New Azure Office 365 Regions Go Live in UK

Posted on September 16, 2016 by Aidan Finn in Microsoft Azure, Office 365 with 0 Comments

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This post will discuss the effects on administrators of the launch of the new regions for Azure and Office 365 in the United Kingdom (UK).

Announcement

Adoption of cloud services in Europe Union (EU with a population of 508 million people) has been patchy, despite there being two EU-based Azure regions (Dublin and Amsterdam) and four EU-based Office 365 locations (Dublin, Amsterdam, Finland and Austria). This is thanks to:

  • Microsoft being an American corporation.
  • Aggressive attitudes of the USA government towards non-American customer data in American-owned data centres outside of the USA.

Some markets, such as Germany and the UK have not reacted well. In Germany, Microsoft is building 2 Azure regions that will be operated by a German-owned trustee, therefore circumventing USA federal laws.

The UK is a very interesting situation. Maybe Microsoft had amazing foresight, and maybe they got lucky. Microsoft’s announcement that they had just launched new data center regions in the UK made it clear that they wanted to attract Office 365 and Azure business from British government agencies. But recent events made Microsoft’s new regions even more important. The UK is a large market; it has a population of 64 million, London is one of the world’s financial hubs, and it has the fifth largest economy (GDP) in the world. What’s more, the UK is officially on the path towards leaving the European Union (see “Brexit”) and this uncertain plan might leave this very large market for Microsoft isolated outside of the European Union, from US/EU data agreements, and from the older Microsoft data center regions, depending on how the legal dice land.

What was Launched?

The Microsoft announcements on this aren’t very clear, but I eventually found some clarity after a lot of digging. Three new data center locations were opened:

  • London, in south England. It’s likely near London rather than in London because of property prices and other risks of being in such a large risk zone.
  • Cardiff, in Wales. This might actually be Newport which is close to Cardiff – one of the Azure ExpressRoute POPs is in Newport, which appears to be a hot location for data centers.
  • Durham, in northeast England.

Azure has an additional 2 regions:

  • UK South, in the London facility.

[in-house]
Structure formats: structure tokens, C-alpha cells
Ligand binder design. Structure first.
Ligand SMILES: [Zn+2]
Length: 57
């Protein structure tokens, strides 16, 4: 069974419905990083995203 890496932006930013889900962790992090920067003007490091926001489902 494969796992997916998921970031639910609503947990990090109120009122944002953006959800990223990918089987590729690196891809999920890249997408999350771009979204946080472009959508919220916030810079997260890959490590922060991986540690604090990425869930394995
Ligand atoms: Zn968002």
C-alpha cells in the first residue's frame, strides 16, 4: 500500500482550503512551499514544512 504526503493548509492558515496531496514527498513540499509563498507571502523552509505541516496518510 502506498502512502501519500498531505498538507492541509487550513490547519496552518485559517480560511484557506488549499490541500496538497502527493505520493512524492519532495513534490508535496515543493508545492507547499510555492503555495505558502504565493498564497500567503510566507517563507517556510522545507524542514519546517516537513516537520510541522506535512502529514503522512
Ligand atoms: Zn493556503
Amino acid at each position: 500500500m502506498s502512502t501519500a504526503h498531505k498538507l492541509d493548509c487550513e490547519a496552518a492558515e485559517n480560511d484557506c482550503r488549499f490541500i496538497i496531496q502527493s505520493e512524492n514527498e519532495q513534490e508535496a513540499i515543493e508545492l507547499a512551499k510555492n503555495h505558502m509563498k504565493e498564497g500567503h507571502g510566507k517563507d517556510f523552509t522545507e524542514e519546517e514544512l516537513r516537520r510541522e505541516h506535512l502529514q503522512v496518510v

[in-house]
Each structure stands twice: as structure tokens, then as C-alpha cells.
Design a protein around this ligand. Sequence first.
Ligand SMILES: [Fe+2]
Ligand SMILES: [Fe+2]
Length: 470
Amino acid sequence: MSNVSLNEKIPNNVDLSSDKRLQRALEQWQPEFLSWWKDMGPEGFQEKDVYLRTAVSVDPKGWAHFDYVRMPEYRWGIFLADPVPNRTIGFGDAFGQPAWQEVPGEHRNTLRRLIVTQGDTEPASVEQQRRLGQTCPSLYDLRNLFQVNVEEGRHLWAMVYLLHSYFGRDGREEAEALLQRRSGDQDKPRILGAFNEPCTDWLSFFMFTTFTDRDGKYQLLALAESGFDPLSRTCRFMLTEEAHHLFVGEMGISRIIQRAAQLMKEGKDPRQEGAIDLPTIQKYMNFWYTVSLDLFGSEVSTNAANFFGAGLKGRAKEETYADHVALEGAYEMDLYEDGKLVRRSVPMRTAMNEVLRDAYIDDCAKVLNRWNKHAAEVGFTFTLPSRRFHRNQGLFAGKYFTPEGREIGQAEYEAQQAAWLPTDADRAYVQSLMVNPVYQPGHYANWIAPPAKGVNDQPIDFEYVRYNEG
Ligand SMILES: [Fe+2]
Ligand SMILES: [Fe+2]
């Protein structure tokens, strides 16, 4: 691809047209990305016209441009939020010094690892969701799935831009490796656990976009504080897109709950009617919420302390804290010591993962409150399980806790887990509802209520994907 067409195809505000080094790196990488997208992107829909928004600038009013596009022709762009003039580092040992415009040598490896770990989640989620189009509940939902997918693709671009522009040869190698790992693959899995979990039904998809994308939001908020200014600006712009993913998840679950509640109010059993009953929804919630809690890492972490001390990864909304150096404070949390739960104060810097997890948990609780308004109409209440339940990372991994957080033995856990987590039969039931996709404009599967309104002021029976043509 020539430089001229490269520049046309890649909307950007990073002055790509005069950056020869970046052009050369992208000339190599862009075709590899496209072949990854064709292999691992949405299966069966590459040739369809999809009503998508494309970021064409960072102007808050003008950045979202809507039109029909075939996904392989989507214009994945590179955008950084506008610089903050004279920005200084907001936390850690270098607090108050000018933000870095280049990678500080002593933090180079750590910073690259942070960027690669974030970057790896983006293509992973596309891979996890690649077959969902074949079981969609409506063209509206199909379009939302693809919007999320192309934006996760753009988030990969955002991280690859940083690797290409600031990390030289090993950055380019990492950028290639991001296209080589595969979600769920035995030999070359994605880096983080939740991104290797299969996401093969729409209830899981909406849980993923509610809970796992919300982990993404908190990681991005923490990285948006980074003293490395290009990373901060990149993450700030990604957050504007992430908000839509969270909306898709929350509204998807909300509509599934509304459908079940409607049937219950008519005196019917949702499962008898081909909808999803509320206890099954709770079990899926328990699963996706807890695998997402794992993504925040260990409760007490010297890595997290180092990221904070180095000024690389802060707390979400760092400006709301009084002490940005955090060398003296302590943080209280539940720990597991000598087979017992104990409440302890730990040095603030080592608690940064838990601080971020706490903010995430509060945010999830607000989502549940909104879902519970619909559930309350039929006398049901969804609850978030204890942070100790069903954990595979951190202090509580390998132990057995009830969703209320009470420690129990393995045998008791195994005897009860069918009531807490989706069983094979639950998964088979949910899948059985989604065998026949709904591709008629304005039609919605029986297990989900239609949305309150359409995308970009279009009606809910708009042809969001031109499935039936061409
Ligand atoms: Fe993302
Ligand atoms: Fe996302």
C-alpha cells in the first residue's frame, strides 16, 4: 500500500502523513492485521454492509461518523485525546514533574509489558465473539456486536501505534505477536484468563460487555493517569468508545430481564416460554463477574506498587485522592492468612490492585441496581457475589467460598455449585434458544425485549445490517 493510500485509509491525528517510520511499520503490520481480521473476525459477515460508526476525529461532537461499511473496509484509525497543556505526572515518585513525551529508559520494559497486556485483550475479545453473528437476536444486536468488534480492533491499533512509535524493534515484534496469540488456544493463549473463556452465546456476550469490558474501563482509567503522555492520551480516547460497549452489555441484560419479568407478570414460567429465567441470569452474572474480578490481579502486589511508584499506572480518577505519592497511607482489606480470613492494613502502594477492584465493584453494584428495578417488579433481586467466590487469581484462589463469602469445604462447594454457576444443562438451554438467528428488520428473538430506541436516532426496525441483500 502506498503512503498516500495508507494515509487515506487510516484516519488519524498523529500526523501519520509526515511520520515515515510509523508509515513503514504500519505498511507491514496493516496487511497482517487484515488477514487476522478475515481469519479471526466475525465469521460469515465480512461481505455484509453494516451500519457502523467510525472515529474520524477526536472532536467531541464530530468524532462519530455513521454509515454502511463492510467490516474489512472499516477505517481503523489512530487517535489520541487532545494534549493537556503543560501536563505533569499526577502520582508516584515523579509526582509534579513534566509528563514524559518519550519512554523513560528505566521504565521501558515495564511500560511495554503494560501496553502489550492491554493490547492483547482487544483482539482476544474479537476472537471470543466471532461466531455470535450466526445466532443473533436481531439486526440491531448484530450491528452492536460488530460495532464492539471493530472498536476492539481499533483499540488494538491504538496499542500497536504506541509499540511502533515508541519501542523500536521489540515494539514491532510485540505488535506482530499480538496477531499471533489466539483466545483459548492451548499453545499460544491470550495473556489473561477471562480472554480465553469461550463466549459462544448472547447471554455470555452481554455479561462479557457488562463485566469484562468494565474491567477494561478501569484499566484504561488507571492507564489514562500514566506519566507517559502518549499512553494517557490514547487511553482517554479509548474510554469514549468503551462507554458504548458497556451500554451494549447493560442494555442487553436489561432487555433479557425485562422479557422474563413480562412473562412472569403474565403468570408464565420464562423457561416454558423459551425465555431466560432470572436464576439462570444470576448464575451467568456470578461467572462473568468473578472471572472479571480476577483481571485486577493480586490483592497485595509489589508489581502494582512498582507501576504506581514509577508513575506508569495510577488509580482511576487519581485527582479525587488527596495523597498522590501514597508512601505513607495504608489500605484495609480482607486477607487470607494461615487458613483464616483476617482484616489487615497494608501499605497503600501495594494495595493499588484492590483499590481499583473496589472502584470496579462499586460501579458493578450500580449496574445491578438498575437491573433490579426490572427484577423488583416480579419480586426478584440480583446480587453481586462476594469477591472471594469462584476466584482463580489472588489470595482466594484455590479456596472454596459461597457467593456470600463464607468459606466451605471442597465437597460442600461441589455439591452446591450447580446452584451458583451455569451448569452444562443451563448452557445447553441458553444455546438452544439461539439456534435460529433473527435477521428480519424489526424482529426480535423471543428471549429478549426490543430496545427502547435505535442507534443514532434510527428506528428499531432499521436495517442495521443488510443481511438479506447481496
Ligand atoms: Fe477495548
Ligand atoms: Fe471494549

• UK West in the Cardiff facility.

These regions are paired, meaning that optional replication will be contained within the borders of the UK, as it stands now – the after effects of Brexit might lead to a breakup of the UK into its 4 countries.

Office 365 is located in:

  • The London facility
  • The Durham facility.

If you brose the Office 365 interactive data center map then you’ll see that only Exchange Online and SharePoint Online are available in these regions at this time. Other services such as Skype for Business, Planner, Azure AD, and Dynamics CRM Online are run out of Ireland and Netherlands. Sway and Yammer are actually run out of the United States (not in the EU at all!). Dynamics CRM Online is coming to the UK in early 2017.

Note that Microsoft is the first of the major cloud vendors to open up data centers in the UK. Every other facility in the EU has been either located on the continent or in Ireland.

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Impact on Azure

The two new Azure regions are generally available, and should have been available to use to customers immediately. I was able to deploy my first virtual machine in UK West with no issues, but there was some talk that not everyone could see the new UK regions in the Azure Portal – this was a bug, if there was really an issue.

If you view the list of available services in the two UK regions, you’ll notice two things:

  1. Older services, such as the D-Series virtual machines which were succeeded by the Dv2-Series, are not available.
  2. Some “new” services, such as Azure Container Service, HDInsight, and IoT are not available yet.

I don’t expect that older services will be deployed in the new regions – why would Microsoft build Hyper-V hosts from old hardware? If you need the lower prices of older service options, then you’ll need to consider alternative Azure regions.

As for the lack of availability of newer features, this is just a cloud thing. In the world of the cloud, a service provider will get core features operational as quickly as possible, so as to get something into customers’ hands and to generate revenue. Then the service provider starts working on the other elements, and bring them online over time. So don’t despair if you want to do HDInsight in the UK regions – it’s probably just a matter of time until Microsoft has built out the hardware and the software.

What about Office 365?

If you are located in the UK then your data will not be auto-magically moved to the new locations near London and in Durham. Microsoft does not move Office 365 customers when new locations are opened:

Existing customers that have their core customer data stored in an already existing datacenter region are not impacted by the launch of a new datacenter region.

You can request to have your data moved. There are some guidelines:

  • It can take up to 24 months to move your data.
  • Microsoft cannot predict when your data move will complete, because every customer is different.
  • A data move should not affect service availability.
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Customers that are new to Office 365 will be automatically located in the new regions if they are suitable:

New customers or Office 365 tenants created after the availability of the new datacenter region will have their core customer data stored at rest in the new data center region automatically.

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